Write a killer job application letter

Job letters – or the cover letters attached to your resume or CV – are your first impression with a potential employer. If it isn’t clear, specific, and well-written (read that – no spelling, punctuation, or other sentence-level mistakes), you won’t get a call. In fact, if the letter doesn’t kill the employer’s doubt, she may not even look at your resume.

Here’s how to write a job application letter that will make you competitive, as long as your credentials and experience fit the position and fit what the employer wants.

1. Customize. Research the organization and try to include some statements that you are not only aware of the job details, but also have some knowledge about the company or department. From a friend who has a background in business and is currently working on her Ph.D.: “Know about the company-it’s mission, values, etc. Demonstrate that knowledge in your letter.” For instance, if you do a Google search for the organization (hey, they’re Googling you, why not turn the tables and use this strategy to your advantage?) and discover that they recently won an award for their creative advertising campaign for robotic widgets, then mention that in your letter. But mention this tidbit in a way that connects YOU to THEM. Such as – “I was so impressed with your robotic widget award because this shows innovation and growth; just the sort of company I’m looking to join. My work in LED-driven widgets would expand the capacity of your robotic widgets and may lower the cost to the consumer.” You get the point. Some sections of your letter will be the same, but try to avoid sending a wholesale form letter. Make an effort to customize each letter as much as possible.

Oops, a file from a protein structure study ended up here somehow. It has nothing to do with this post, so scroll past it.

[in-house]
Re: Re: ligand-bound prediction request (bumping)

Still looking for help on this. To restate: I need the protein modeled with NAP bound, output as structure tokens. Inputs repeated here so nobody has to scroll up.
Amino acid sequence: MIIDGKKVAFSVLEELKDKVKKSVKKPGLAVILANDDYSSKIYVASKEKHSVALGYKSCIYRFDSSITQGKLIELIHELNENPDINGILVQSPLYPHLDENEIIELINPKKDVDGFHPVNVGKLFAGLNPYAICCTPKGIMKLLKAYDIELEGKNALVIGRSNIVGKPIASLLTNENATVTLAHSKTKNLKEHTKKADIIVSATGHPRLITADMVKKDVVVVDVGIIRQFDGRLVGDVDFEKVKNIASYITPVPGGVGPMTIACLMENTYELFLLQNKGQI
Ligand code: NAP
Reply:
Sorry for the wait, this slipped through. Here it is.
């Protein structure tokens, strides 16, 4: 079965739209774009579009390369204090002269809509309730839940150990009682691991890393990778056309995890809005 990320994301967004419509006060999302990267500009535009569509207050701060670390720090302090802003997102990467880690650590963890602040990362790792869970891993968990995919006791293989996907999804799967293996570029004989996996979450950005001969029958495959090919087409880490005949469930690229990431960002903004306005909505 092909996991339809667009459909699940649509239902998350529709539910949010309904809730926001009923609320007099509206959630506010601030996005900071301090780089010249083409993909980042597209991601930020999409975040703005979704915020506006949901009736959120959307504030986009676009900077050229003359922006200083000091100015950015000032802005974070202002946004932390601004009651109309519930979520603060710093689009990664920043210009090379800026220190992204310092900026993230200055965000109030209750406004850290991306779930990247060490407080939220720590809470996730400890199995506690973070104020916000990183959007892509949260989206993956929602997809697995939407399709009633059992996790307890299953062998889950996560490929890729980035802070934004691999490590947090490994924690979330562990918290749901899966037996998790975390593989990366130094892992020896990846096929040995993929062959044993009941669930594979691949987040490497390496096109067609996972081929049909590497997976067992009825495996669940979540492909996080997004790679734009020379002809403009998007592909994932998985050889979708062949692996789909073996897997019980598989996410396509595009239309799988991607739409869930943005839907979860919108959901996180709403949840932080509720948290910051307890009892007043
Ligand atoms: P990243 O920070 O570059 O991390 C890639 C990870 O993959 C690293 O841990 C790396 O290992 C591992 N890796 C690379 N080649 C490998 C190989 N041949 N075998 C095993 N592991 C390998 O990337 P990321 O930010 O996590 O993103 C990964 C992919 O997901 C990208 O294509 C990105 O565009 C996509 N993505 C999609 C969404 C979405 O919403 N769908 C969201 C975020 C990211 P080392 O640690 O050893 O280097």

2. Embrace brevity. According to one of my colleagues, who is a technical writer for a corporation, “Keep it to no more than one-page, single-spaced. No one needs the Song of Myself.” Now, as I am an academic and know that other academics may be reading this, here is a reminder from one of my academic colleagues related to brevity: “If it’s academic, the 1 page rule doesn’t apply (especially if they’re not asking for a separate teaching / research statement).” This leads me to number three.

3. Know your audience. I’m going to go out on a limb and say that you understand the requirements and expectations for your industry or field. If you do not, or if you are trying to enter a field that is new to you, use your network to find someone who can advise you about the specific expectations for letters in THAT industry. Otherwise, your potential reviewer won’t make it past sentence one. Know who you are writing to and what they expect to see – craft your letter accordingly, but even with longer letters, don’t give them “the Song of Myself.” Stick to the facts – credentials, experience, and only the details that are absolutely necessary and relevant to showcasing your readiness for THIS job.

4. Say why. From my tech writer friend, “You have to say why the job is interesting/the opportunity you want, and you have to explain what you’re bringing to the table. List those key strengths specifically.”

5. No mistakes. Correct spelling, punctuation, grammar (think standard American English, formal, error-free construction). Mistakes of this nature can be fatal. Yes, I know you see typos and spelling errors and misplaced commas all the time in newspapers, magazines, and on the web. Doesn’t matter. Your job letter should be PERFECT. Or damn near. You don’t have to be perfect, but this letter does or it may end up in the shredder, along with your chances.